Epidural opioids may provide pain relief during the first stage of labor. Doses between 150 and 200 μg of epidural fentanyl (1,2) or between 5 and 50 μg of sufentanil (3,4) have been reported to provide adequate labor analgesia. The IV potency ratio between sufentanil and fentanyl did not apply to epidural administration (5), and when these two opioids were given in combination with bupivacaine for labor analgesia, their potency ratio was approximately 5:1 (6).
In a previous study, it was reported that an epidural bolus of 100 μg of fentanyl or 20 μg of sufentanil produced comparable labor analgesia after the administration of a lidocaine and epinephrine test dose (7). The lidocaine test dose, however, may contribute to the analgesic effects of epidural opioids (8). Comparisons between epidural fentanyl and sufentanil, when given as the sole analgesic for labor analgesia without the addition of local anesthetics, have not been performed.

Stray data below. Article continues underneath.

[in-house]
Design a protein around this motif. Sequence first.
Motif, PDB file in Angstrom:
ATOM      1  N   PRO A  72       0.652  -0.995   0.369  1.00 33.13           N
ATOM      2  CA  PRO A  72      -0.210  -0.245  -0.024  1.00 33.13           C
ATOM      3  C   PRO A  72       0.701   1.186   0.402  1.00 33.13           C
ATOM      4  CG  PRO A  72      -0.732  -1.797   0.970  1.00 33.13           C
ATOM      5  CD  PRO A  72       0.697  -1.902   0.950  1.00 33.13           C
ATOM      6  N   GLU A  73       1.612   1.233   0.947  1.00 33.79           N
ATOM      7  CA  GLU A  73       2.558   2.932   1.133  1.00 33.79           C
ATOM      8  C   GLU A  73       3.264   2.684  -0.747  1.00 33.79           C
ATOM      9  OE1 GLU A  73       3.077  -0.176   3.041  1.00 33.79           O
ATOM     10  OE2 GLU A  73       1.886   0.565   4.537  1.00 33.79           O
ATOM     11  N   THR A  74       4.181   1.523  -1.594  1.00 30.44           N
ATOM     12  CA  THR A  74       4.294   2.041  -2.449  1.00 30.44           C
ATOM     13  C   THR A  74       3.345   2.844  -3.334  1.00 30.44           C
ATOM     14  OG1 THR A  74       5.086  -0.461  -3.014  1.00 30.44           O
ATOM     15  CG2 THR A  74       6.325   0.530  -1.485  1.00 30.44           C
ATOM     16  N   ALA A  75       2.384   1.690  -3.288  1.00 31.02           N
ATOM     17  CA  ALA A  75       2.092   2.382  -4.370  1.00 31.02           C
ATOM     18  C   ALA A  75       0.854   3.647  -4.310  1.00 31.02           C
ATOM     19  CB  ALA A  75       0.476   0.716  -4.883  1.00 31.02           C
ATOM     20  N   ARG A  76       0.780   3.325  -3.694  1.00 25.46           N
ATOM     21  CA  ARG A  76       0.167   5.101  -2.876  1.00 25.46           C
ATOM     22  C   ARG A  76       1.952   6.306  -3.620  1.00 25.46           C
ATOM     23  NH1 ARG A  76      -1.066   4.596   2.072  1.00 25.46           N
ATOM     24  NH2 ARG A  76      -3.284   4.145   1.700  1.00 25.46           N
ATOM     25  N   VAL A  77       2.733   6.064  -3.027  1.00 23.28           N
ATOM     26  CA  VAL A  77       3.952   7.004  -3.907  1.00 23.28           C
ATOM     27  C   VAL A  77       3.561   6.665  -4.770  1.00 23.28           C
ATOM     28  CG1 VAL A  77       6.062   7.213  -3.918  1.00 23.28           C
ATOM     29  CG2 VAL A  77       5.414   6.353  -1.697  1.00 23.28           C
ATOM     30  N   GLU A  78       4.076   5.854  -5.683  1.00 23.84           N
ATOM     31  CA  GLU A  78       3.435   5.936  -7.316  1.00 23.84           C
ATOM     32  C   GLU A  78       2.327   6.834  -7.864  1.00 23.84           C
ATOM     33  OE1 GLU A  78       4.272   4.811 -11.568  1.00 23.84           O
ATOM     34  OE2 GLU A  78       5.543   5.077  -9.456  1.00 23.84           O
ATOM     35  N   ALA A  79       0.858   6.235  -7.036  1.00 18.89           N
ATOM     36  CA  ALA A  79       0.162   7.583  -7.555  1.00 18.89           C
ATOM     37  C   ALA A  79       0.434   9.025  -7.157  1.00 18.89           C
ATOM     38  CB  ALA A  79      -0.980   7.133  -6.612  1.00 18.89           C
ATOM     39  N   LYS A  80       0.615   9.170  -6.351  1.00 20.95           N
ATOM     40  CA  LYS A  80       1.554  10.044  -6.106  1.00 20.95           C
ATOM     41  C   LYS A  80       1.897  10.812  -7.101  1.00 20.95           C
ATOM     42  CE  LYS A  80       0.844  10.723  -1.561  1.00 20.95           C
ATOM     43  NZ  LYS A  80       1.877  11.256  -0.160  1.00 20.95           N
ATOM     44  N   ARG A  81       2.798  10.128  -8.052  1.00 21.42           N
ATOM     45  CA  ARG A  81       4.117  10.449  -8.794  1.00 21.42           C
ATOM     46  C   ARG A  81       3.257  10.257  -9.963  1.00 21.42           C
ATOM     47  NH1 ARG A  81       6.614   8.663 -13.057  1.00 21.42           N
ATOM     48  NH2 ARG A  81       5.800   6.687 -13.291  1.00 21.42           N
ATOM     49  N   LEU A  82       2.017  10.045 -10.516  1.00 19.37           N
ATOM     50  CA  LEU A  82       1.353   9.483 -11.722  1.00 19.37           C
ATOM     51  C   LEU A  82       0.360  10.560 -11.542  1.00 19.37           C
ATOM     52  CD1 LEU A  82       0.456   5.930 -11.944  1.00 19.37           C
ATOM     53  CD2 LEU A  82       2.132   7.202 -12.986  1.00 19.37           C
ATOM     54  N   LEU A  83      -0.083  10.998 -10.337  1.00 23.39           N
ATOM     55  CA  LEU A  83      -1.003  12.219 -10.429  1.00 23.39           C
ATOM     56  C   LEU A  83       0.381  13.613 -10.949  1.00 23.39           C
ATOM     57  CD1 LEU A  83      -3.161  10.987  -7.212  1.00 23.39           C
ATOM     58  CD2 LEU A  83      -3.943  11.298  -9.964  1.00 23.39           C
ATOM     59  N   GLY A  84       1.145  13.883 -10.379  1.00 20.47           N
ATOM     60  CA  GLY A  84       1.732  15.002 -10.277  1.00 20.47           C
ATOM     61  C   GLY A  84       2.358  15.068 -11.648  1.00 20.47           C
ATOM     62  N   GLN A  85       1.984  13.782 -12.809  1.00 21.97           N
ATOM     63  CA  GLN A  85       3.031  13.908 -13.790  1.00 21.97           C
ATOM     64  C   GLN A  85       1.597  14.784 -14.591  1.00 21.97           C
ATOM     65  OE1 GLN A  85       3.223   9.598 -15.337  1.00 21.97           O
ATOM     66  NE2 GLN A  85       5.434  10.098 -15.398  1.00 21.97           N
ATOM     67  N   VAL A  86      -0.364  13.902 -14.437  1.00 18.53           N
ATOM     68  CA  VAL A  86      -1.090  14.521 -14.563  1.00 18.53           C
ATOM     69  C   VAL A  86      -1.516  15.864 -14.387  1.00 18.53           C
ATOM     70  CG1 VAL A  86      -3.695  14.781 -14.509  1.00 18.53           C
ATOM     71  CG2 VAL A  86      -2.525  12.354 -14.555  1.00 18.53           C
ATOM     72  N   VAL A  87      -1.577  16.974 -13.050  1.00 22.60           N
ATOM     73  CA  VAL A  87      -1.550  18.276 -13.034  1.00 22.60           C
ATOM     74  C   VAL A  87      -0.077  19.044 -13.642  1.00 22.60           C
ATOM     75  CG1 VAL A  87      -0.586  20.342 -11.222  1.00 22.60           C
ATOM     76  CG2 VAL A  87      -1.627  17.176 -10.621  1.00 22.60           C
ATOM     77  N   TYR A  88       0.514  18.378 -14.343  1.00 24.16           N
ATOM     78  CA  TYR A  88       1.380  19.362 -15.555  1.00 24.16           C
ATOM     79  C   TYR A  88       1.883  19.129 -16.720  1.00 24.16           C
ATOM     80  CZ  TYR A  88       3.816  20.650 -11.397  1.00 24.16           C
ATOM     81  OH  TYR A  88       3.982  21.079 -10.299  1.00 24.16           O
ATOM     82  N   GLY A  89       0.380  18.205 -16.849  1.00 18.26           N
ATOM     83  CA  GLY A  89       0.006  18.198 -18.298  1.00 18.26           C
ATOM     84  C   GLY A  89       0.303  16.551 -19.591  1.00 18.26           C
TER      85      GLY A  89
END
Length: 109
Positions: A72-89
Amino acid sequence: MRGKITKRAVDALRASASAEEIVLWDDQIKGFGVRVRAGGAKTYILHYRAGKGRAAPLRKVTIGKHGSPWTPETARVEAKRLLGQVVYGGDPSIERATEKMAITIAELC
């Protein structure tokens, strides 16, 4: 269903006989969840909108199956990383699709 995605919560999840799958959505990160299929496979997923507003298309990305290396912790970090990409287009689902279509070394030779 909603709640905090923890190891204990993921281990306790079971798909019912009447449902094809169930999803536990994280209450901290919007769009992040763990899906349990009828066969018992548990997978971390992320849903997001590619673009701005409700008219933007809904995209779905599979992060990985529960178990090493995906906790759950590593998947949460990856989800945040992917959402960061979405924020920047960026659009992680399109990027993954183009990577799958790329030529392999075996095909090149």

The minimum local analgesic concentration (MLAC) has been established as a research tool to determine the median effective concentrations of local anesthetics and the relative potencies for epidural analgesia in labor (9). More recently, the median effective dose (ED50) has been used to develop the concept of minimum analgesic doses (MAD) for epidural opioids in labor (10).
Both epidural fentanyl and sufentanil are often used in combination with various concentrations of local anesthetic solutions for labor analgesia. However, there is little information regarding the analgesic potency, which is important to determine the best possible analgesia at the smallest dosage with the fewest possible maternal and fetal side effects. The aim of this study was to determine the ED50 of fentanyl and sufentanil and the relative potency ratio of these opioids when they are used as the sole epidural analgesic in the first stage of labor.